Gone Fishin'


I'm not actively blogging here anymore. But if you got here because you were searching for something about bikes, you might want to check out my latest project, Vermont Goldsprints. In summer of 2014, I bought a used goldsprints racing setup and have made it a mission to get more bikes in more people's faces by putting on fun races in unexpected places. Come join me!


Body Work II: A Summary and an Introduction

An Assessment:

In the first version of my Body Work series, I managed to journal, exercise, and eat my way through over 30 pounds of weight loss, which was my goal. I’ve stood on that finish line and had a look around, and I’ve decided to keep going. What did 30 pounds of weight loss get me? Well, I feel immensely better, I’m stronger on the bike, I have more energy overall and I’m more comfortable in my clothes. What does it mean to weigh 194 pounds instead of 224 pounds?
  • As a 5’10” man, it means my BMI, which was 32.1 (solidly in the “obese” category) is now 27.8 (in the middle of the “overweight” category). I would need to weigh no more than 175 pounds to be at the tip-top of the “normal weight” category and could be as light as 135 (which is insane) before I am considered “underweight.”
  • According to Wikipedia (which is where I get all of my diet and exercise advice),  my starting body fat percentage of almost 30% put me in the “obese” category, and my current 24% reading puts me at the very top of the “average” category.
  • According to what I can observe about myself without a scale, the Internet, or anything else, I still have a bit of a belly and am also carrying some weight and bulk on my chest and lower back that is of the decidedly non-muscle type.

I’m Going to Keep Going
Having the success of the last few months is a great thing, and I don’t want to lose any momentum.  I’m not sure how my rate of weight loss might change as I get closer to my next goal, which is to have a weekly average weight of 174.17 pounds or fewer. That would represent another 20 pounds for a total loss of 50 pounds since I started back in February.  174ish pounds would get me just out of the “overweight” category for BMI and I’m guessing it would put me closer to the bottom of the “average” category for body fat.  

It’s Not a Diet Any More
The way I have been eating for the last few months hasn’t really been a diet at all. In fact, my only rule has been to write down what I eat. Despite the flexibility that rule gives me, I’ve arrived at an eating pattern that has resulted in the loss of more than a pound a week, most of the time. Here are my general principles for my non-diet:
  1. Simplicity is Your Friend. I eat oatmeal for breakfast and a sweet potato or a salad for lunch during the week, with very few exceptions.  Not having to think about what I’m doing for just under half (10 out of 21) of my weekly meals makes life easier.
  1. Vegetables Have No Limits. At dinner or whenever, I fill my plate with veggies.  And I put butter on them sometimes. Not a ton of it, but I do. Sometimes olive oil. Always salt and pepper and other spices. I apply the same “rule” to beans of all types. Have as much as you want.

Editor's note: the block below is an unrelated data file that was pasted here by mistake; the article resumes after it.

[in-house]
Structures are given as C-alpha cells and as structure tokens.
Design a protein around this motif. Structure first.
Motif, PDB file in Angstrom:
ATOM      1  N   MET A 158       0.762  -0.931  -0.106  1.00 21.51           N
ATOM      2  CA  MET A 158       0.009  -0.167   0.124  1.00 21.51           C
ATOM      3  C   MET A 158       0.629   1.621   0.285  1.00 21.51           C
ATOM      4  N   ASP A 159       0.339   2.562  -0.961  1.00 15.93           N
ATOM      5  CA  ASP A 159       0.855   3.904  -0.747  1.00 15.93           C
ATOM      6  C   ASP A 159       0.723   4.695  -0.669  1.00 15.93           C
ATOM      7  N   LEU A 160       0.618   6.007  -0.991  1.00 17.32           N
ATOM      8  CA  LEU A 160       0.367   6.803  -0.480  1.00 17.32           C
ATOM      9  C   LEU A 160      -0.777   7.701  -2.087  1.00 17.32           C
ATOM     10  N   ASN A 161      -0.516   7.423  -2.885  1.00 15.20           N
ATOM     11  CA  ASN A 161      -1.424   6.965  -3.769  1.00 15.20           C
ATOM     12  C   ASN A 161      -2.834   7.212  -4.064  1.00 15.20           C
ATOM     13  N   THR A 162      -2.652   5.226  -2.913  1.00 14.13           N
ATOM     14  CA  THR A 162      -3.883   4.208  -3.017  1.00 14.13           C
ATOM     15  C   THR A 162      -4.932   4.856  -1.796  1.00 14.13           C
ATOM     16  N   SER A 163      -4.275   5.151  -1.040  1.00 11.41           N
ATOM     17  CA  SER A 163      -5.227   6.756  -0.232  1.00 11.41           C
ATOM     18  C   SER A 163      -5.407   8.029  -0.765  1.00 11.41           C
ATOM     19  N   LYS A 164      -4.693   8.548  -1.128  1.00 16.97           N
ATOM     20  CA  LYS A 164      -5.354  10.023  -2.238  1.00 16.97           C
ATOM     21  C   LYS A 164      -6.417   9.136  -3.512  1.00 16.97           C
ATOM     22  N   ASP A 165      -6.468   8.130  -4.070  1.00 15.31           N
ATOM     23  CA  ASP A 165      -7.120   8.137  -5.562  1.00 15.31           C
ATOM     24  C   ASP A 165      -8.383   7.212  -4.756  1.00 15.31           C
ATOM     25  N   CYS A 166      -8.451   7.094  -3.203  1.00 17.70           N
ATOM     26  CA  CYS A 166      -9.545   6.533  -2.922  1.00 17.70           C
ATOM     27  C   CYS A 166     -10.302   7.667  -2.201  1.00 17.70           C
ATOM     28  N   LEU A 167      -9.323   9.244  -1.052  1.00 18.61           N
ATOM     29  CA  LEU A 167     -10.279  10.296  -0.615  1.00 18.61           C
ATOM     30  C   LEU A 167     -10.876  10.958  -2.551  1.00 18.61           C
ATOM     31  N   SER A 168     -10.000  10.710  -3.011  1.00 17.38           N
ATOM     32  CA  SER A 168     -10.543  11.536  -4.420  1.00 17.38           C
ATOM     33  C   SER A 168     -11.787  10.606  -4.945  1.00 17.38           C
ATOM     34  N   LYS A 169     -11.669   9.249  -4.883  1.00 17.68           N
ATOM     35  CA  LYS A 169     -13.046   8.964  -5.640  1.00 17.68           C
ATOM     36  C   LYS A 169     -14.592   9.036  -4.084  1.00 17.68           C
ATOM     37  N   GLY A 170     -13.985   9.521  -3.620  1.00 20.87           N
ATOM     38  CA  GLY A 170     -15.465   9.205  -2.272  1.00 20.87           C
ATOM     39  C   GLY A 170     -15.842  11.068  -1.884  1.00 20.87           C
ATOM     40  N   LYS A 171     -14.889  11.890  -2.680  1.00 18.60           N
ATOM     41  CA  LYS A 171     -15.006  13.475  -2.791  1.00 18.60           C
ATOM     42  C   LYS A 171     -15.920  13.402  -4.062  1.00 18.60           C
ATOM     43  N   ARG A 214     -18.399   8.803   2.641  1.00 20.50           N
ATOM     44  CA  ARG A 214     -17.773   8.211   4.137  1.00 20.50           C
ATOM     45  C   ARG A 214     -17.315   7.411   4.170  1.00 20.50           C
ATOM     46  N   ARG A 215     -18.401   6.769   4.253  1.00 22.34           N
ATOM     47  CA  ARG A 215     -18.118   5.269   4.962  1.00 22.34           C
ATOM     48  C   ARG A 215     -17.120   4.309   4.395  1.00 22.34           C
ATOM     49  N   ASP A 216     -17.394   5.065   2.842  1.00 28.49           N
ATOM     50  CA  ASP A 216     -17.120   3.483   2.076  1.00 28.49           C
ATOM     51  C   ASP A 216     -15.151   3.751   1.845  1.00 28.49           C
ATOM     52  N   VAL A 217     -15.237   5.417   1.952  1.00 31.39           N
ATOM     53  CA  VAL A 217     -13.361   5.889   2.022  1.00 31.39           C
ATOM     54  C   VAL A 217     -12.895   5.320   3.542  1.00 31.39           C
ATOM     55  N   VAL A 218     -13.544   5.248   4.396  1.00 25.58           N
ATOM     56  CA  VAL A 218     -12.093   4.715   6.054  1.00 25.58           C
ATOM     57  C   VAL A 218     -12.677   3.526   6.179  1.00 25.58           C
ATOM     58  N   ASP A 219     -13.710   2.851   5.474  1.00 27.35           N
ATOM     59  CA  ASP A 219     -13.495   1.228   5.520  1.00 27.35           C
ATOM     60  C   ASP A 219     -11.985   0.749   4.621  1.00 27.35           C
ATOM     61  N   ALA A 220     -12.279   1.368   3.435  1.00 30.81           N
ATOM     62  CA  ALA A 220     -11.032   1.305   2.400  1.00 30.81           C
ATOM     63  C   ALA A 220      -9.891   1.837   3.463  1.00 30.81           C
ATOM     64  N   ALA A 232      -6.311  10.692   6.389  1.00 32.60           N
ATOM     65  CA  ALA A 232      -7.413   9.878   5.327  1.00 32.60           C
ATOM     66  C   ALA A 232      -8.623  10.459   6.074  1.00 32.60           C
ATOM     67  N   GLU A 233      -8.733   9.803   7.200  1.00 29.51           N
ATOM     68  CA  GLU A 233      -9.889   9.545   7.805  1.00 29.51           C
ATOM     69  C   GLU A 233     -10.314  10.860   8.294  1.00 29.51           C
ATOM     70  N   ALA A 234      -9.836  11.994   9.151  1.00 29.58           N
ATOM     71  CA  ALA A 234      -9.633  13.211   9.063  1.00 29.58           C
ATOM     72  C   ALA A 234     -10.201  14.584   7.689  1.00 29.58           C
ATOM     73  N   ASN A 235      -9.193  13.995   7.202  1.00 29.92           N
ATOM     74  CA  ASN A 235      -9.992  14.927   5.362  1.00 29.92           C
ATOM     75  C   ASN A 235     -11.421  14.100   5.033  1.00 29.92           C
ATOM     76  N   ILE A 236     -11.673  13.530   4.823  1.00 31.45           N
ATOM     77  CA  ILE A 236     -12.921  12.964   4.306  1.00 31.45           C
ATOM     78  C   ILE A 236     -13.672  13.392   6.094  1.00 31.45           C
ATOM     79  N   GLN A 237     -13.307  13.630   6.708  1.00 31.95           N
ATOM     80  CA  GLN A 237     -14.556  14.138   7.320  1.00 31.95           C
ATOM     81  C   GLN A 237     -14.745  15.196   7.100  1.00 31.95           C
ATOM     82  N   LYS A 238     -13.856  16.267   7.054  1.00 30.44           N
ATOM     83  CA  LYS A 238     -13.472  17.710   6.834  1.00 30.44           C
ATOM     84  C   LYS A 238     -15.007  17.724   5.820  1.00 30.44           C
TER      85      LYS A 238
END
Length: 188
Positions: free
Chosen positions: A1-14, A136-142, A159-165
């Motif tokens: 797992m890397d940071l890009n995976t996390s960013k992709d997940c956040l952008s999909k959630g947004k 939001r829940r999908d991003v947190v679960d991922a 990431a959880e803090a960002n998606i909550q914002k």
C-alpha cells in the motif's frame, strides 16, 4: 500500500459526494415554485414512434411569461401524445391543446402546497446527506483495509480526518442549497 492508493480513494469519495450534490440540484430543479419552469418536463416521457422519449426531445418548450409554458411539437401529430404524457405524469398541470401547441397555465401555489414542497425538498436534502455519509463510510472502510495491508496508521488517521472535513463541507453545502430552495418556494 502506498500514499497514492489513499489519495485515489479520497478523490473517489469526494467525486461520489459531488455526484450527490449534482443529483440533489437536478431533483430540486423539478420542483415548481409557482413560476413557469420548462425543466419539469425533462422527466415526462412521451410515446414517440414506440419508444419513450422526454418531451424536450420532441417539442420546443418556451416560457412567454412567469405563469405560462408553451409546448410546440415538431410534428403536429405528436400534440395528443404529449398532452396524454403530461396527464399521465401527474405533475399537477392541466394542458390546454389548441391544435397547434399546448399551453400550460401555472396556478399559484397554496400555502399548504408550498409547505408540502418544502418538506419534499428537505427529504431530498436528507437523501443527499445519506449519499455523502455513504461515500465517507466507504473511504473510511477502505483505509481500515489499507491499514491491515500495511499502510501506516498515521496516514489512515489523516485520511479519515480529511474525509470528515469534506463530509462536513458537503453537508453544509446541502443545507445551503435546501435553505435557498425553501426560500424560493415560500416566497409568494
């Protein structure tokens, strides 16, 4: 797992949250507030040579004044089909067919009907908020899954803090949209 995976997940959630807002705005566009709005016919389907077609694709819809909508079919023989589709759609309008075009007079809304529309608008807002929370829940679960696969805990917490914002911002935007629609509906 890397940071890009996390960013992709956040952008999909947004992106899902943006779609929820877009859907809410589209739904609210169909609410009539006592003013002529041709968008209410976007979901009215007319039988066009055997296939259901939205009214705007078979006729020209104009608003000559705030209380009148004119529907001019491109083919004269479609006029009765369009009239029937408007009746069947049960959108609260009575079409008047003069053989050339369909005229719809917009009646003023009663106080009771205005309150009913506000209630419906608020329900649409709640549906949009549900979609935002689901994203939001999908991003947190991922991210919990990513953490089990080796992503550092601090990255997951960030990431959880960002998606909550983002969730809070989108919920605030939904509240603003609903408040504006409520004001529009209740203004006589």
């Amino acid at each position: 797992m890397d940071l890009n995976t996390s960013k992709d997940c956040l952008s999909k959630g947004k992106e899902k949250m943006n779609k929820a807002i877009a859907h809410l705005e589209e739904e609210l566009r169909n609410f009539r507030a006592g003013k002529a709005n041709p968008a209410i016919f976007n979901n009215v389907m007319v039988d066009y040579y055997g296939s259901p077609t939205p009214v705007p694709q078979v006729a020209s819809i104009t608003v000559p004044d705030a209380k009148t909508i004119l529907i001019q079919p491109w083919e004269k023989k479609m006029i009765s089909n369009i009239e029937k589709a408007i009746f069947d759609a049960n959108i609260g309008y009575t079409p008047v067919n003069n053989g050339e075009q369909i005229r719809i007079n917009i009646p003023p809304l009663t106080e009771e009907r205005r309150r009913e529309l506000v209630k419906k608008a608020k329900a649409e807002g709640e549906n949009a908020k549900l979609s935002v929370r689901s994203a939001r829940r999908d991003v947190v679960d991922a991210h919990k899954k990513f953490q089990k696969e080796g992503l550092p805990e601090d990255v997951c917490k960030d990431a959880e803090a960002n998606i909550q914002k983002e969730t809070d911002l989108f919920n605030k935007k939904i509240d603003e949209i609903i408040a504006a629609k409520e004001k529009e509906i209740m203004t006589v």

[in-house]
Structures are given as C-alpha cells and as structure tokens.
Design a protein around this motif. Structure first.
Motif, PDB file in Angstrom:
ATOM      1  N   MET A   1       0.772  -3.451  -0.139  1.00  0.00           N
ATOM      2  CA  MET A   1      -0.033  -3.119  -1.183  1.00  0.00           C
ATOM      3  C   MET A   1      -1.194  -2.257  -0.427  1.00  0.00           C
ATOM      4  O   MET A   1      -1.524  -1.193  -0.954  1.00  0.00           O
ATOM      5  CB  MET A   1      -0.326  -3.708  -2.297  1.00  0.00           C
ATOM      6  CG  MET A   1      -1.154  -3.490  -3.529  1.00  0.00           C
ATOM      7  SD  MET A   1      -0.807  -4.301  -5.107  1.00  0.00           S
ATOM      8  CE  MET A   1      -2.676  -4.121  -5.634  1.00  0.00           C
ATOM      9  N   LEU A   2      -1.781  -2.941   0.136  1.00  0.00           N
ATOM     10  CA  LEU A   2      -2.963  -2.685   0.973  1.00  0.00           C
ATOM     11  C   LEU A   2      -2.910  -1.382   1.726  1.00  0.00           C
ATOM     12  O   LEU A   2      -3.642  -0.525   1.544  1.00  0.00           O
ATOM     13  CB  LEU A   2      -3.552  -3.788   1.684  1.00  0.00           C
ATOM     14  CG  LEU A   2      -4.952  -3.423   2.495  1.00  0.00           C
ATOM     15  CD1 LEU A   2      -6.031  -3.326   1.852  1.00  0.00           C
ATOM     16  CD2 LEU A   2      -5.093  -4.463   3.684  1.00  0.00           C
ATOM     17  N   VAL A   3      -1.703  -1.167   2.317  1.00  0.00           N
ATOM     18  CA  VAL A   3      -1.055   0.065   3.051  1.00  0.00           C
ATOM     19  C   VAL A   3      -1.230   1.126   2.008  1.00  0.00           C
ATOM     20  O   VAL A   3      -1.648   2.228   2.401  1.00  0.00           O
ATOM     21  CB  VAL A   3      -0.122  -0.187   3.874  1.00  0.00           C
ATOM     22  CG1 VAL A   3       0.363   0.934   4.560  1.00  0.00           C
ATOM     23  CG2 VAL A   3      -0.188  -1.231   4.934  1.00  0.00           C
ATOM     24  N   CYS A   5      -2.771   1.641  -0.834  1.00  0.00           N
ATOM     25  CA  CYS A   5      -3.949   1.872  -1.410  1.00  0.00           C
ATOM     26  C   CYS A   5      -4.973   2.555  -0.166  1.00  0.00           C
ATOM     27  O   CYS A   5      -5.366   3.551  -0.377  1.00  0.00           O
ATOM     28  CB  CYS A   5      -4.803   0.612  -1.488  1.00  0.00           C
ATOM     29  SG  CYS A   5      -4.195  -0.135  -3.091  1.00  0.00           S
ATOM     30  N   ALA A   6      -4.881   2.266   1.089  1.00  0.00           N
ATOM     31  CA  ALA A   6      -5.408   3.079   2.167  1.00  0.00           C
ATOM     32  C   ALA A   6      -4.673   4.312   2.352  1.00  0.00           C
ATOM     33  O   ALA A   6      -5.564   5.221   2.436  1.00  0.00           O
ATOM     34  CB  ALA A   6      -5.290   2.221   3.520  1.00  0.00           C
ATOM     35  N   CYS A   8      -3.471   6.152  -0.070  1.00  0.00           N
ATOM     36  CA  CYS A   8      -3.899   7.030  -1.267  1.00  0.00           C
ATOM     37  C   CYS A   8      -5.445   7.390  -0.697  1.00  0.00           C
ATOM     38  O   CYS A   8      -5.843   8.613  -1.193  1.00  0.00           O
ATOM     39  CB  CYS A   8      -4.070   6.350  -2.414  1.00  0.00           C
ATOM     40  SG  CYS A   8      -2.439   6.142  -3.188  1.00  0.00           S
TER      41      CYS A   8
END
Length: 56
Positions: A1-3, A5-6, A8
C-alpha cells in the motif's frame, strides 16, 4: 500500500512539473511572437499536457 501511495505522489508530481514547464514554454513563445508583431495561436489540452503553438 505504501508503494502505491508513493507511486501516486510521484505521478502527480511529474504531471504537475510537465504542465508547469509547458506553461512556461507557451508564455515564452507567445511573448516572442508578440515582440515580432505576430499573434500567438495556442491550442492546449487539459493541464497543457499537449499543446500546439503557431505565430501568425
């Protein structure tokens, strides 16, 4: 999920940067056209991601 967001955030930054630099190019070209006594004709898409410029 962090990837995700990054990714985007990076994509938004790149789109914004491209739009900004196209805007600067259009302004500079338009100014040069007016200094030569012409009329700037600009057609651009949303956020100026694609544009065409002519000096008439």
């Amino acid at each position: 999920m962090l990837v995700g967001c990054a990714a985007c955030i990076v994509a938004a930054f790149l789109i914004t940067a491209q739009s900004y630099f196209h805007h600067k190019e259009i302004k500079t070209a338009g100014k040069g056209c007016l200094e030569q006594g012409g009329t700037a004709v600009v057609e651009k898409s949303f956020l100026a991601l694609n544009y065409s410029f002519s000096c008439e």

1. Don’t Drink Calories. Unless they come in really good beer or wine (and then have one or two once in awhile). I was never a really big juice or soda drinker anyway, so this was easy for me. Beer is harder to stay away from, because I brew it in 5-gallon batches at home, but brewing big, flavorful beers means less beer is more satisfying anyway.
  1. Avoid White Carbs. I used to have a white starch (bread, white rice, potato) with almost every meal. I have found other carbs to use most of the time (quinoa is a favorite, whole grain pasta can be bought by the case at Costco) and I reserve the refined stuff and potatoes for when they “make the meal,” like fluffy mashed potatoes with good steak or a crusty piece of bread with french onion soup.
  1. Hydrate. Hungry? Glass of water first. Same if you’re feeling tired, low energy, whatever.
Find something you like to do that involves moving, then do it more.
It has been years, but I’d say over the past three years especially, I have “found” cycling. I used to be a big runner. in fact, all of my other weight loss attempts, going back to my freshman year in college (Yeah, freshman 15, I’m coming for you next!) involved running and no dieting at all. Running is great and I can’t think of a faster way to burn calories, but it lacks the “whee!” factor that I get with cycling. Running without any attempt to eat right is just a way to add a ton of impact to your body, and when the weather goes sour or the schedule gets crazy, the running goes away, the eating stays, the pounds return. The other nice thing, is that if you have a bike you like to ride, cheap rollers can be had for about a hundred bucks, and even the very best rollers out there are under a thousand. That wouldn't buy the worst treadmill out there. So for me, cycling.

Measure, Manage, Commit
I could not have been successful if I didn’t decide to weigh myself every day. and I doubt I would have stuck to it as long as I have if I didn’t commit to tracking everything on my blog. So that strategy stays. Measure every day, manage intake and exercise based on that measurement, commit by reporting the results publicly.

The Finish Line is Just Another Starting Line
So it’s time to keep it rolling. More food journaling and daily weigh -ins, and more riding and doing other active stuff. I’m not sure exactly how it will go, but I’ll be sure to keep it going on the blog.